Created as part of the University of Illinois Press series "Music in American Life," this is a fascinating audience-eye view of the very American phenomenon, Saturday-night
Traditionally, such shows were held as barn dances, church singings or school performances and were strictly isolated, indigenous and non-commercial. But with the advent of radio, and the influx of poor whites from the
South into the northern cities for work during the 1930s and '40s, a shift occurred that put hillbilly music in the spotlight of American entertainment. Since that time it has not fallen but carries on quite self-sufficiently as country or country-western music, an entrenched part of our national culture.
Central to the hillbilly radio genre was the female, whether vocalist, comedienne or merely ever-present symbol. Sacred motherhood and wifely faithfulness were prerequisites for the tastes of rural audiences, and female singers were supposed to act demure (they were even chaperoned) and, if married, have babies and talk about their husbands and their biscuit-baking.
The book details the careers of the female radio stars of the era, most of whom were connected with WLS out of Chicago or with the Grand Ole Opry – including Linda Parker, Lulu Belle Wiseman, Lily May Ledford and Minnie Pearl, with an astute afterword about Loretta Lynn.
Lily May Ledford was typical of the radio women, transferred from a very poor home setting in rural Kentucky to the sometimes numbingly tough grind of radio work. She grew up with music in the family and learned to pick the banjo and sing in a loud, nasal style that carried well in outdoor and unamplified settings. She started her own band and was quickly scouted by John Lair, an early radio entrepreneur who recognized the group's authenticity, just the sort of familiar fare that lonely mountaineers transplanted to Chicago were longing to hear. Lily May soon learned that the aspirations she held – to improve herself and make it big as a performer on an equal footing with males – would not be realized through radio. Women performers were costumed in calico and rick-rack outfits that made them appear backwoodsy and old-fashioned, hardly the look Lily was longing to achieve. Lair bought her a good banjo, but she found that its naturally loud strings created feedback when she strummed it as vigorously as she'd had to pick on her inferior homegrown instruments. Her vocal power also overwhelmed the sensitive mikes and had to be modified. All in all, Lily had to tone herself way down to satisfy the strict requirements of the commercial music business. Then Lair matched her up with two girls from the Midwest along with her sister Rosie and called their act The Coon Creek Girls, even though Lily and the others pointed out that "There ain't no Coon Creek where any of us is from." Lair responded, "Your audience out in radio-land don't know that." The name stuck. Next, Lily was weaned away from the high-wailing, lonesome sad songs she had grown up with, songs that she thought truly expressed the harsh lives of mountain folk, many of them directly descended from old English balladry. She was forced, along with the other "girls", to sing upbeat modern songs that, if anything, were a mild parody of hillbilly home life, with inane lyrics like, "Well hi, Uncle Dudy, how you feelin' today – well, I ain't very well, I'm bound fer to say." Lily toed the line, hanging on mainly because jobs were scarce to nonexistent, and the radio money was good, far better than anything she could have earned back home.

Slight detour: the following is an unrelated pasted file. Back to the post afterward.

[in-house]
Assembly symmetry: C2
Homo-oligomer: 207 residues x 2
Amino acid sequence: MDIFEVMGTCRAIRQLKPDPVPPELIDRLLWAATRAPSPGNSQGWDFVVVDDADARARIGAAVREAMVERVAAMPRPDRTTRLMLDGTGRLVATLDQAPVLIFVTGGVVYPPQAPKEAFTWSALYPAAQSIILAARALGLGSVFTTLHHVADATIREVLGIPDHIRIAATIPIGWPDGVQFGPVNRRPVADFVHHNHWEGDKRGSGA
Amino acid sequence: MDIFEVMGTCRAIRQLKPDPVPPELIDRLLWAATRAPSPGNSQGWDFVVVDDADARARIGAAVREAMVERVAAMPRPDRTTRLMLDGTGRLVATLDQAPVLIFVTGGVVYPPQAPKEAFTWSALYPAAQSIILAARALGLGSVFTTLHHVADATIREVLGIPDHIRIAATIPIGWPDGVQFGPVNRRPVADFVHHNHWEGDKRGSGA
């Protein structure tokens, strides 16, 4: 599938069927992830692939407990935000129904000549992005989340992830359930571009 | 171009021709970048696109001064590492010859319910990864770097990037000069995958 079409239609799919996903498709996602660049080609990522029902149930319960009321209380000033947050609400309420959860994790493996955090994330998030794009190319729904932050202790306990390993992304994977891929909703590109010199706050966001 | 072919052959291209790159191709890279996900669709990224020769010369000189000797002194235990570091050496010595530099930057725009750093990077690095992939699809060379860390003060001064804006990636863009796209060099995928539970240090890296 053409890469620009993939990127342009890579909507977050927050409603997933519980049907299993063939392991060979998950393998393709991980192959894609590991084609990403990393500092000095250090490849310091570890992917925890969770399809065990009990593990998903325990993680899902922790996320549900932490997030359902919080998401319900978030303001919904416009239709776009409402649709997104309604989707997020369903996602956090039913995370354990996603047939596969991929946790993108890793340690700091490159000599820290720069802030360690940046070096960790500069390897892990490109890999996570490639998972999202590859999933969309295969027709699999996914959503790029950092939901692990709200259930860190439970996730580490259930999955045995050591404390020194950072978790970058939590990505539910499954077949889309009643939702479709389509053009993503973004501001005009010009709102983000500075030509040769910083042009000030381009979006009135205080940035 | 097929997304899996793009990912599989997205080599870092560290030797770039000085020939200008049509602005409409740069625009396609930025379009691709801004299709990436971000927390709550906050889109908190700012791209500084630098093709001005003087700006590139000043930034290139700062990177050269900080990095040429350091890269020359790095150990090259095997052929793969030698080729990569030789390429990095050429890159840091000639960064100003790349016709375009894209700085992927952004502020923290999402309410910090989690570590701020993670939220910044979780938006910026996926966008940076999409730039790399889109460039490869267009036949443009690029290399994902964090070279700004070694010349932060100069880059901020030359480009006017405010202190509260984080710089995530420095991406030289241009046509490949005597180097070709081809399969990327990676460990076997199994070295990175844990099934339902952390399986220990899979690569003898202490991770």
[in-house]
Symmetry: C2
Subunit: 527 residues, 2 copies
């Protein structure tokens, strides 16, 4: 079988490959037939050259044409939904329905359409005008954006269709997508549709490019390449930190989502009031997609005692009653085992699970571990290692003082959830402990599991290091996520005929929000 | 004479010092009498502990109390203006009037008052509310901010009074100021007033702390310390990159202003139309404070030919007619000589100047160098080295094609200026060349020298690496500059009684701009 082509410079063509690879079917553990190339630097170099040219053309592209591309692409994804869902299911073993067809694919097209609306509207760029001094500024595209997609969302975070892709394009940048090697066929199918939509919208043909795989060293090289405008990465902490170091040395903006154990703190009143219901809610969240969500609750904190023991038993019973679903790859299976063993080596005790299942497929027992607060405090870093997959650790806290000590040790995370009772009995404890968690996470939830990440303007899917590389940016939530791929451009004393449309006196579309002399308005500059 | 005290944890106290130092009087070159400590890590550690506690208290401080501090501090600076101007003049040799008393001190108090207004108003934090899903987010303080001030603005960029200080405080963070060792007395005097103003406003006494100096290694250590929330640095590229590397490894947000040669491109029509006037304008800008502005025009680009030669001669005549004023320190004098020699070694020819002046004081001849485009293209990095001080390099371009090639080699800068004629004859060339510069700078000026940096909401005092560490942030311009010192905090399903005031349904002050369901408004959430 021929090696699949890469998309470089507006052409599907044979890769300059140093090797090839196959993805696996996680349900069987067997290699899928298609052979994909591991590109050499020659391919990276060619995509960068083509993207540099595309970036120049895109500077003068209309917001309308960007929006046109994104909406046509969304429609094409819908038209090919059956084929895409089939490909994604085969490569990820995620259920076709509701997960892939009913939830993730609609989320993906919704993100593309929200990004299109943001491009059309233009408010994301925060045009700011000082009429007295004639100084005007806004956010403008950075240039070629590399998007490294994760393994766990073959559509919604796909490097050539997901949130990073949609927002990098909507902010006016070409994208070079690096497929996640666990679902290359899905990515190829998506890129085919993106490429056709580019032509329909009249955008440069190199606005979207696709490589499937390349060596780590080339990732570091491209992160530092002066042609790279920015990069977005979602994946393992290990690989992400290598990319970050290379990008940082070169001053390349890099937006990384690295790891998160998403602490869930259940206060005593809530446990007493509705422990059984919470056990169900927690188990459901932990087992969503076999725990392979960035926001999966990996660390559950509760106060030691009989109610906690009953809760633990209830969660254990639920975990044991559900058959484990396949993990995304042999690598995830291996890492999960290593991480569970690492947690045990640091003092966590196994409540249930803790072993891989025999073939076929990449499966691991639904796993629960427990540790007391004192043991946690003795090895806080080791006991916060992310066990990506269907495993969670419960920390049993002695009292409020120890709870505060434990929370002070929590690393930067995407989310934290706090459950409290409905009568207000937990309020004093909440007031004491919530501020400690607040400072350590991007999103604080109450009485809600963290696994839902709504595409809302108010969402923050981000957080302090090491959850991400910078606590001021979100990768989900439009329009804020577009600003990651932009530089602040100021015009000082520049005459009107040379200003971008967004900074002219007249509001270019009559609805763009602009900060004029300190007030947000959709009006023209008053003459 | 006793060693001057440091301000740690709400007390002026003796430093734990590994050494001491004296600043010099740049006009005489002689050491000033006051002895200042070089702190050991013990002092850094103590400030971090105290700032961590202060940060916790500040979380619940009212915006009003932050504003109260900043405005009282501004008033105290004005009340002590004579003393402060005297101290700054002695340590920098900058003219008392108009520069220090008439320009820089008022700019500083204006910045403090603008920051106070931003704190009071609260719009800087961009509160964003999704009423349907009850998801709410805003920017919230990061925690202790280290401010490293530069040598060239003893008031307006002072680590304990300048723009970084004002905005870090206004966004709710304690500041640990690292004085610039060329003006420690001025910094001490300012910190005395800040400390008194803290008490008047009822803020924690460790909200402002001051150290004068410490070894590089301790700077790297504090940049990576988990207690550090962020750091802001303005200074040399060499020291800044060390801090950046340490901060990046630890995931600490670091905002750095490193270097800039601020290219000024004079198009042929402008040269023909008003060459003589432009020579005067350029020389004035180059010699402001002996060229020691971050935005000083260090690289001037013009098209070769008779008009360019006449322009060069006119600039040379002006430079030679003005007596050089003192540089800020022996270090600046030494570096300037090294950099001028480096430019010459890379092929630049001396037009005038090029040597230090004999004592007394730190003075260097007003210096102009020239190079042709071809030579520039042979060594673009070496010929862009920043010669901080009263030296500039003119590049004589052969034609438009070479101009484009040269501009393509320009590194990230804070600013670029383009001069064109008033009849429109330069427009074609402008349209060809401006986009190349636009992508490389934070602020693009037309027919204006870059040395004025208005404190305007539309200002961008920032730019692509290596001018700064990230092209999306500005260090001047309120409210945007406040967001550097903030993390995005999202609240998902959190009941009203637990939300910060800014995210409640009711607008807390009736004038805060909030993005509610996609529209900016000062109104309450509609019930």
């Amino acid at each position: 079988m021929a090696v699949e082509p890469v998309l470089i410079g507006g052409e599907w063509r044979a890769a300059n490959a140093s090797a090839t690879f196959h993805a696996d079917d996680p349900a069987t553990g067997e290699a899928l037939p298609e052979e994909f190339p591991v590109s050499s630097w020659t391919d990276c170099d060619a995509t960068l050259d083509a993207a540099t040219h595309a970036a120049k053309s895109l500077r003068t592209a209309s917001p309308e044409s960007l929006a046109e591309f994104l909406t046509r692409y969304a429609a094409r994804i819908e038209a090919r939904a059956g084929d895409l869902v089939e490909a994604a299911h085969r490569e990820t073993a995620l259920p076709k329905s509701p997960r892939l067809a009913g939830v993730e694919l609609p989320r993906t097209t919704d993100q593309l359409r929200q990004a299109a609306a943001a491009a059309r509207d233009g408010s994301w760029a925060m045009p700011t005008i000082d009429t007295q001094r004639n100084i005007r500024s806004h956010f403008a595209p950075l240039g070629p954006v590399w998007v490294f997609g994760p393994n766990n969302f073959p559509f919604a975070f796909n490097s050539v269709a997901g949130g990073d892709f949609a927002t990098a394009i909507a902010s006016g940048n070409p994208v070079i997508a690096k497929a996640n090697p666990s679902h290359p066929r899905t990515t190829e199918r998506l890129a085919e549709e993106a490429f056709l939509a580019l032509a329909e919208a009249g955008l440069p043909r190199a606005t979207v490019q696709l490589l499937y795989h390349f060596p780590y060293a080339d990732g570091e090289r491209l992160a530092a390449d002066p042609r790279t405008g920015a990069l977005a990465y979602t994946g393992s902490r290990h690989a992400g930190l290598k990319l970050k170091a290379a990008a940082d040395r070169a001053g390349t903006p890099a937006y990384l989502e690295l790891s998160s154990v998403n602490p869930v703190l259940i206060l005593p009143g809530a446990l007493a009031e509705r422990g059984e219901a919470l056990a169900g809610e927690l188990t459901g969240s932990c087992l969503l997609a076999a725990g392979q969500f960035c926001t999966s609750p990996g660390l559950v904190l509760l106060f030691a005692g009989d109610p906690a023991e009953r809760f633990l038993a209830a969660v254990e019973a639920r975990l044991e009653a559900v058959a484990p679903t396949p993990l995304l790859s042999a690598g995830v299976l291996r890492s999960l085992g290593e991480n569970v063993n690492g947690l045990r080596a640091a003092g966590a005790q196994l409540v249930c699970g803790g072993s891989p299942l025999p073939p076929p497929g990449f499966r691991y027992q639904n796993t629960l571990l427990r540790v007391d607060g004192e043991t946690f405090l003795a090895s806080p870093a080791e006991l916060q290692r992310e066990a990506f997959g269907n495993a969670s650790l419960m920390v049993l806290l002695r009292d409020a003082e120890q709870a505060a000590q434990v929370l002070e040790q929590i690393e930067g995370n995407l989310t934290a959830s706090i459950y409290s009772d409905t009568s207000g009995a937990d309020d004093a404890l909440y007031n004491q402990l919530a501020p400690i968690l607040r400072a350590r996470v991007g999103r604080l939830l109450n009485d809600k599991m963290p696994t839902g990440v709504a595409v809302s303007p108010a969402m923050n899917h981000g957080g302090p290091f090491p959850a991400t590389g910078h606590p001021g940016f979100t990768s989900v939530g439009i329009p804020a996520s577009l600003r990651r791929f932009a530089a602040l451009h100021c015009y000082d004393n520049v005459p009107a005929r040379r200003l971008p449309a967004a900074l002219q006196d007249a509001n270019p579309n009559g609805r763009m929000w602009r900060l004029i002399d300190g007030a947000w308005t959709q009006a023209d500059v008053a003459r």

The homely virtues promoted through such shows as Renfro Valley Barn Dance and the Opry sold product, while reminding displaced people, or those still isolated back in the hollers, of the eternal values they still cherished. Sarah Colley Cannon, known to the world as Minnie Pearl, a Tennessee woman from the educated middle class, reminded them through humor that country folk were not quite as prudish as all that. In Minnie's fictional hometown of Grinder's Switch, there were some pretty questionable goings-on. She once advised sagely, "It's alright to flirt with the girls that wears the lipstick, but always marry the one that can push a broomstick."
History professor and author Kristine McCusker (A Boy Named Sue: Gender and Country Music) makes the case that Loretta Lynn is often treated as a
sui generis mountain woman who single-handedly forged the female country singer image. However, there were a myriad of hard-working authentic characters
who preceded her. McCusker's book is the lone tribute to their contributions.